He was dead. Nothing would ever bring him back.
It was silly and irrational, but her response was to go to the closet. Upon opening the door, she hit in the face by a memory.
“This is supposed to be a walk-in closet, right?”
“Oh, Harry, be quiet.”
“It’s not really a ‘walk-in’ at this point.”
“I’ll clean it later,” she’d said dismissively.
Now, two months later, the closet was still a mess, Harry was dead, and Rita needed something black.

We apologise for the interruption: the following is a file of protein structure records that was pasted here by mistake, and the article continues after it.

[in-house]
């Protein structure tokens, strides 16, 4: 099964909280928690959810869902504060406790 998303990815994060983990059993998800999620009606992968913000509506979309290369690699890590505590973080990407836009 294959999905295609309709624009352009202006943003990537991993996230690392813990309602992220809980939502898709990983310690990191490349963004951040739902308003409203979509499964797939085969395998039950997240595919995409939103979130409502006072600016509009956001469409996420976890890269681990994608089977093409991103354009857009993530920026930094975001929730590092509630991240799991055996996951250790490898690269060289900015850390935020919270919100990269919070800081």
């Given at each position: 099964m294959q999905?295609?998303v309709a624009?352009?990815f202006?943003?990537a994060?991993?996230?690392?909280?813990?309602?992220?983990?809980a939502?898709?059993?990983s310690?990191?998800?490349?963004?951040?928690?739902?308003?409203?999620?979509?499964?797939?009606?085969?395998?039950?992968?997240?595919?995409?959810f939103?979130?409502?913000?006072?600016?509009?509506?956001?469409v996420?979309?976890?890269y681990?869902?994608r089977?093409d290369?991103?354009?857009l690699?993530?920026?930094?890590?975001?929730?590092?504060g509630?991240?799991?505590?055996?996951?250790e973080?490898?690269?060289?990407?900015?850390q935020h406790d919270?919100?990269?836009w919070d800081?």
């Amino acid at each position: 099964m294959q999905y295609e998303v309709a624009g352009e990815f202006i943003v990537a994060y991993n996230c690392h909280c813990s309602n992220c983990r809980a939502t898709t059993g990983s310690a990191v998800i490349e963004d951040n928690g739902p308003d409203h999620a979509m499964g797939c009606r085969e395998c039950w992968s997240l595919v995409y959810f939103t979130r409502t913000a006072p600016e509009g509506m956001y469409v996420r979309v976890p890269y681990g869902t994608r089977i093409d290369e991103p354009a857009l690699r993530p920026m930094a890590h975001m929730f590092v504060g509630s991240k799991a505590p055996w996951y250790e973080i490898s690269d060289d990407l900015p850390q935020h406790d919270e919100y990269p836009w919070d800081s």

Tearing through the confining space, she searched desperately for any garment somber enough to hold her pain.
The whole of the world felt a bit dark, a little grayer. All that she felt inside was hollow; all that she felt around her was black.
In her frantic state, she was unable to see anything, and sank into a sobbing mess on the floor.
She was sitting next to the suitcases they’d taken to New Hampshire, visiting the grandchildren. She sobbed harder.
She wanted to disappear into the bleakness.